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Listening vs. Measurement

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Listening vs. Measurement Correlation and Autocorrelation

Skraćeni prikaz članka publiciranog u časopisu HI FI, London, prosinac, 1977

Shorted article published in HI FI fp magazine, London, December, 1977 written by Ozren Bilan


...The pure technical review which includes only simple laboratory measurements may be totally misleading to readers because from my experience it has been found that correlation between technical specification and listening experience which means subjective sound quality is the most difficult to establish.

For a long time it has been known that various types of the same equipment sound different, and lack of correlation between conventional amplifier measurements and listening tests has been noted by many designers, reviewers and owners of audio equipment. Modern amplifiers often measuring under 0.01% Total Harmonic Distortion or below 0.1 Intermodulation Distortion at 1 kHz, which corresponds to the present knowledge of the threshold of audibility, may sound completely unacceptable!


It is very difficult and complicated to answer this simple question but one possible reason is the following: It appears, therefore, that audible difference between various pre-amplifiers is not due to these static figures alone but to the involvement of some other reason. As shown by Mr. Eero Leinonen, Mr. Matti Otala and Mr. John Curl on October 30th, 1976 at the 56th Convention of the AES, one possible reason is dynamic intermodulation distortion, which is created by the frequency rather than the amplitude of the signal. I think that it can give some more light on the amplifiers in the test sounding different.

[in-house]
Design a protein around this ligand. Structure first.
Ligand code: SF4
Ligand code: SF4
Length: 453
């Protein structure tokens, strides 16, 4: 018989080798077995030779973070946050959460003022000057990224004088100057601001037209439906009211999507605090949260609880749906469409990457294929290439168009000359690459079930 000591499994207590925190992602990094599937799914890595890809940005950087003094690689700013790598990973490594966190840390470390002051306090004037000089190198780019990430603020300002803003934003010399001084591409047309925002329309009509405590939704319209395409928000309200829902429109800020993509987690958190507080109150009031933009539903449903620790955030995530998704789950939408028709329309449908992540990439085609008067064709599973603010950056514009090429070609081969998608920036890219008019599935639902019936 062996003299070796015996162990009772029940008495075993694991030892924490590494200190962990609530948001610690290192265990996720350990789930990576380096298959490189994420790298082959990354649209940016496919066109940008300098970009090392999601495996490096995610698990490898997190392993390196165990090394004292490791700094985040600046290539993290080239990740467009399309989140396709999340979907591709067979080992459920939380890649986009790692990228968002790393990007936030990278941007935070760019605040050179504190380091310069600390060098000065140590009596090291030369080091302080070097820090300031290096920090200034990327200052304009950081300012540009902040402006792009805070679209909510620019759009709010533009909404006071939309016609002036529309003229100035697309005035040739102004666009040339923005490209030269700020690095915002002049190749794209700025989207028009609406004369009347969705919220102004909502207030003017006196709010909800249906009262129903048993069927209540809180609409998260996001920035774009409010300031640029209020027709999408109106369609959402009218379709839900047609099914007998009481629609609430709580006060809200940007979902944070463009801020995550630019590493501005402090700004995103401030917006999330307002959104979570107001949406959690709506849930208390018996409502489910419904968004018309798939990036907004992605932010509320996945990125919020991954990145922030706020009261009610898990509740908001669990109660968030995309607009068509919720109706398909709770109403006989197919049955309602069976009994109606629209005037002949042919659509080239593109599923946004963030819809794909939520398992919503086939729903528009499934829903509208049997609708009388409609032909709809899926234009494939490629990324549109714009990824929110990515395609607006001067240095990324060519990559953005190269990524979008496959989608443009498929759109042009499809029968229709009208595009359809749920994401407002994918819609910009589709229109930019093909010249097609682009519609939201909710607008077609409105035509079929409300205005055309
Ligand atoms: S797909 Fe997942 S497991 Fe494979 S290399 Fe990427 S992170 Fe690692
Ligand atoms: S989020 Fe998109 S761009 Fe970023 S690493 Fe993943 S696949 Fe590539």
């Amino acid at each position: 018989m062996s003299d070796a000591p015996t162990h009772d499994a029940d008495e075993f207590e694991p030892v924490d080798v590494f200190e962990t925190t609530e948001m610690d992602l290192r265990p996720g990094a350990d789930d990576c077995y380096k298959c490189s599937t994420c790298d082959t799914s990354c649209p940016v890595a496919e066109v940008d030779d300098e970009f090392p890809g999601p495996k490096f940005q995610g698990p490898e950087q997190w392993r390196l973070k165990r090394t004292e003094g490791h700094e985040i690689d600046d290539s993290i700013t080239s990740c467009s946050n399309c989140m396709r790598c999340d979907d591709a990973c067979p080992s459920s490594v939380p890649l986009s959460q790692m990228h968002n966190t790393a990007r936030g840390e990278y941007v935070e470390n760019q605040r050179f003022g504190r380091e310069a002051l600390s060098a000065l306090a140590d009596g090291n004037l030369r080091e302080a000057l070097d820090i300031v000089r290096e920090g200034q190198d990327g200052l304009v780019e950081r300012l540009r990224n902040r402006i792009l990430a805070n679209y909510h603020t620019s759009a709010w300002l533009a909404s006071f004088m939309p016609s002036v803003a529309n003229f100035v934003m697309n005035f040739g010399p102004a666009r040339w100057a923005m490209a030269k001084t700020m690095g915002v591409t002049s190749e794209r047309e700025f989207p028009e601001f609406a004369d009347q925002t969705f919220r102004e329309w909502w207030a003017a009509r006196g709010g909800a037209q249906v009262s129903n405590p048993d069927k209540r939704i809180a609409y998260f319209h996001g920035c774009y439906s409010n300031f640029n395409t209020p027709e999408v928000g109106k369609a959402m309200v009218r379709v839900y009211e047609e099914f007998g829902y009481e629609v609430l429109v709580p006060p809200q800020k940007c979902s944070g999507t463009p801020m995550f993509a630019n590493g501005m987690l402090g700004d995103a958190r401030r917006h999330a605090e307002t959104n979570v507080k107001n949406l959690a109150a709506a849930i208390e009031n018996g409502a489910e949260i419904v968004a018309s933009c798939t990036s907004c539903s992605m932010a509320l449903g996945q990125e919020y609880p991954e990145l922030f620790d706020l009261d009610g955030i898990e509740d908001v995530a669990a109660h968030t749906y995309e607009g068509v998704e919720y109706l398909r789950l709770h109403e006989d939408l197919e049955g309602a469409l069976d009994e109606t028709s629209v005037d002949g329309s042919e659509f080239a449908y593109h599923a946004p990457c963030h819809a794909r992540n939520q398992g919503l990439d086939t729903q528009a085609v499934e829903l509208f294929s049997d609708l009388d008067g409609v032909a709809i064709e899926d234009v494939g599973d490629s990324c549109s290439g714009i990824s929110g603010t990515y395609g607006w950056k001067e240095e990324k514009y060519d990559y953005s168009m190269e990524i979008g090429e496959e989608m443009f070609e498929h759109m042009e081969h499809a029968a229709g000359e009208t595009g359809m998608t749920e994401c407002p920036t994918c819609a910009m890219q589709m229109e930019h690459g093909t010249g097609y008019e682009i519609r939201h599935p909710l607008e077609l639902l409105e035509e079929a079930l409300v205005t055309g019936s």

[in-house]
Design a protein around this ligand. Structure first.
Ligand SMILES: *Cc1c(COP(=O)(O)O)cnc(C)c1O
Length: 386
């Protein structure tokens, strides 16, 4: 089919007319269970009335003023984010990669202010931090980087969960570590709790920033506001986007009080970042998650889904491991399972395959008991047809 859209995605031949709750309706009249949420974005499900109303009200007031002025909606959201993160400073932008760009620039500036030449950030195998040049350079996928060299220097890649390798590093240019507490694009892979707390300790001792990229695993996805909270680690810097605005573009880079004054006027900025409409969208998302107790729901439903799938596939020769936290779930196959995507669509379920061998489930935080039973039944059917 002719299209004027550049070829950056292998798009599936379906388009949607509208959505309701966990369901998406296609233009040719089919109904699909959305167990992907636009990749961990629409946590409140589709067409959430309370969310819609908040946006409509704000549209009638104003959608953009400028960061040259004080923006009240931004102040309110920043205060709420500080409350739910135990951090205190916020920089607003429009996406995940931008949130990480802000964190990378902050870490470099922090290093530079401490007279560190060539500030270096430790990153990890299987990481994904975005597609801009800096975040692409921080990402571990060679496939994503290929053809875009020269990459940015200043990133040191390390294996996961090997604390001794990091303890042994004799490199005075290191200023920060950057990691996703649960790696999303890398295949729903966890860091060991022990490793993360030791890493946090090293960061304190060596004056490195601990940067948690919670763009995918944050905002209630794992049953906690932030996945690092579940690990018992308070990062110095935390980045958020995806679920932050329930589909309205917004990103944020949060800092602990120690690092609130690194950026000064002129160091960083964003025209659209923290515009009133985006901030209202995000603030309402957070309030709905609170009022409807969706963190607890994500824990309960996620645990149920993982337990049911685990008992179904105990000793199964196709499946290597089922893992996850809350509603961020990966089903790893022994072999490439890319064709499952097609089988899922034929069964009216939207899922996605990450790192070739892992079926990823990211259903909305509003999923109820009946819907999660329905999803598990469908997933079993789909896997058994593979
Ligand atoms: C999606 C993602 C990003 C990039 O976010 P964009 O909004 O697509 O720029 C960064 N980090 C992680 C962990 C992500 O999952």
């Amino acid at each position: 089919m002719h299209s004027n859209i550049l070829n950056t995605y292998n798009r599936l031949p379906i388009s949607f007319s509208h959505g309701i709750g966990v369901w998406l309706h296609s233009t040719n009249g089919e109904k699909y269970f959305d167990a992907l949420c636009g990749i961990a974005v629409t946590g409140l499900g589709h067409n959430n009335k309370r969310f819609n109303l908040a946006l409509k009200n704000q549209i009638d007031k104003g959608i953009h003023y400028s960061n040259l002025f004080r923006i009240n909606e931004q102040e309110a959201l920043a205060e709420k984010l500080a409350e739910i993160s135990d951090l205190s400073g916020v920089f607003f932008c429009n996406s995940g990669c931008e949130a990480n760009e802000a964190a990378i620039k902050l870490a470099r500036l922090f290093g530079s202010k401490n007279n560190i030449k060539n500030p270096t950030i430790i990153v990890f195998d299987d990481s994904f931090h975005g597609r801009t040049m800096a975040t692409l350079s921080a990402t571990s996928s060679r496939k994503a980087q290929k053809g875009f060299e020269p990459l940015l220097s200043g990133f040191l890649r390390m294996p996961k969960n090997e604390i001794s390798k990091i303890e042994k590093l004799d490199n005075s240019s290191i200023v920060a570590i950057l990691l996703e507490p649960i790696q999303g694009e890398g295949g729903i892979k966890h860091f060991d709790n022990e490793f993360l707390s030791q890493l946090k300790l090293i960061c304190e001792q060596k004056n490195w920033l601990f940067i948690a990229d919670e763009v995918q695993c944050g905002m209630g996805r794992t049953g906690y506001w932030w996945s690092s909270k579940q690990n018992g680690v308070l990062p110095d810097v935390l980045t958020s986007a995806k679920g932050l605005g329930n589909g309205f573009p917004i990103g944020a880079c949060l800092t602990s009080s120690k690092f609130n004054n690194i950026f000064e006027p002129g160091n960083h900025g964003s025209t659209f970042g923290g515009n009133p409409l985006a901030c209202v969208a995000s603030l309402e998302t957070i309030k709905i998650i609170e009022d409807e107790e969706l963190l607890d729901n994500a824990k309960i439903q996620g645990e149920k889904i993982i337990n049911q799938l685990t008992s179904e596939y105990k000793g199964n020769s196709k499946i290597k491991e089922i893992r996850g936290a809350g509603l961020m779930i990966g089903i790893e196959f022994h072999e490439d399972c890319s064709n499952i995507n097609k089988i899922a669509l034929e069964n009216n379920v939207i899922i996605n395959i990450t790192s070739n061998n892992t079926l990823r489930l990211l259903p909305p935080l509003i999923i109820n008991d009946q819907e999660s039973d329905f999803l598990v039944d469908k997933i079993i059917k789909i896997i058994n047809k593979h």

I should like to describe my experience with two preamplifiers, which have not been included in the June review but could be of interest to readers. These pre-amplifiers are the Phase Linear 4000 Autocorrelation Preamplifier (SN3943) and the High Definition Control Centre Radford ZD 22 (SN 206261). I think that most readers are familiar with these two units. It was possible to read a lot about them, e.g. in Absolute Sound in numbers 4 and 1, where the Phase Linear 4000 was on test and in Stereo Re view, as well as the Italian magazine 'Suono' (The Sound) where the Radford equipment was on test. I also took a few weeks testing in detail these two units using the ADC Super XLM Mk II, JVC-XL and Micro Acoustic 2002 E cartridges mounted in Thorens, Vestigal, Mayware and Grace arms on the most esoteric present-day belt and direct drive turntables (Thorens 160, Thorens 125, Linn Sondek, Technics 110, Transcriptors Skeleton with some early versions of Supex 900 MC with supex transformer SDT 180). Power amplifiers were both Phase Linear 200 and 400 with, in my opinion, a state-of-the-art speaker system, the B & W DM 6. For straight wire comparison tests, the Revox A 77 tape machine was used.